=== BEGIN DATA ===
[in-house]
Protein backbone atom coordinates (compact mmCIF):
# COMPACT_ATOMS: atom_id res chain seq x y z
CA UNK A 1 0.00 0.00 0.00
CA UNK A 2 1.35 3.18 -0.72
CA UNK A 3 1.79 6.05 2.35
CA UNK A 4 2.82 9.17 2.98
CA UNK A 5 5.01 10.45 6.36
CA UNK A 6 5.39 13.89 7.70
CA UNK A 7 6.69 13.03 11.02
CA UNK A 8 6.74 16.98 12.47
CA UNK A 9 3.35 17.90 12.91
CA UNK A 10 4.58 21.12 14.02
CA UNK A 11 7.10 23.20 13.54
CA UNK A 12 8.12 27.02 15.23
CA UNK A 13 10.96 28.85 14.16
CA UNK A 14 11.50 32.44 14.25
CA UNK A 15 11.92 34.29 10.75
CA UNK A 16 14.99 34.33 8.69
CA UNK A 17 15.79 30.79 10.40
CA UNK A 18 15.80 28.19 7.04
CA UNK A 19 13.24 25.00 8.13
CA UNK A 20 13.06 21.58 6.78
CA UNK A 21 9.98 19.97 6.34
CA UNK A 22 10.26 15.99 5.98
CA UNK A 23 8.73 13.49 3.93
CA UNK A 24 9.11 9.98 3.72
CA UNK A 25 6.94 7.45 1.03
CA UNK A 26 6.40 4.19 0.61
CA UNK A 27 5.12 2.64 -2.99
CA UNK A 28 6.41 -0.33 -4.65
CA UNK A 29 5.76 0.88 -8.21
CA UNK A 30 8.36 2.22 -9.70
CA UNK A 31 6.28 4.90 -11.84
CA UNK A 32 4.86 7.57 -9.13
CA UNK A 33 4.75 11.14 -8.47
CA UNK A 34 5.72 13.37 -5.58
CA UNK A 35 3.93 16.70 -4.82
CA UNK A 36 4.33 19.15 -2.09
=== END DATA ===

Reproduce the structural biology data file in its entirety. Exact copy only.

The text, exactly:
[in-house]
Protein backbone atom coordinates (compact mmCIF):
# COMPACT_ATOMS: atom_id res chain seq x y z
CA UNK A 1 0.00 0.00 0.00
CA UNK A 2 1.35 3.18 -0.72
CA UNK A 3 1.79 6.05 2.35
CA UNK A 4 2.82 9.17 2.98
CA UNK A 5 5.01 10.45 6.36
CA UNK A 6 5.39 13.89 7.70
CA UNK A 7 6.69 13.03 11.02
CA UNK A 8 6.74 16.98 12.47
CA UNK A 9 3.35 17.90 12.91
CA UNK A 10 4.58 21.12 14.02
CA UNK A 11 7.10 23.20 13.54
CA UNK A 12 8.12 27.02 15.23
CA UNK A 13 10.96 28.85 14.16
CA UNK A 14 11.50 32.44 14.25
CA UNK A 15 11.92 34.29 10.75
CA UNK A 16 14.99 34.33 8.69
CA UNK A 17 15.79 30.79 10.40
CA UNK A 18 15.80 28.19 7.04
CA UNK A 19 13.24 25.00 8.13
CA UNK A 20 13.06 21.58 6.78
CA UNK A 21 9.98 19.97 6.34
CA UNK A 22 10.26 15.99 5.98
CA UNK A 23 8.73 13.49 3.93
CA UNK A 24 9.11 9.98 3.72
CA UNK A 25 6.94 7.45 1.03
CA UNK A 26 6.40 4.19 0.61
CA UNK A 27 5.12 2.64 -2.99
CA UNK A 28 6.41 -0.33 -4.65
CA UNK A 29 5.76 0.88 -8.21
CA UNK A 30 8.36 2.22 -9.70
CA UNK A 31 6.28 4.90 -11.84
CA UNK A 32 4.86 7.57 -9.13
CA UNK A 33 4.75 11.14 -8.47
CA UNK A 34 5.72 13.37 -5.58
CA UNK A 35 3.93 16.70 -4.82
CA UNK A 36 4.33 19.15 -2.09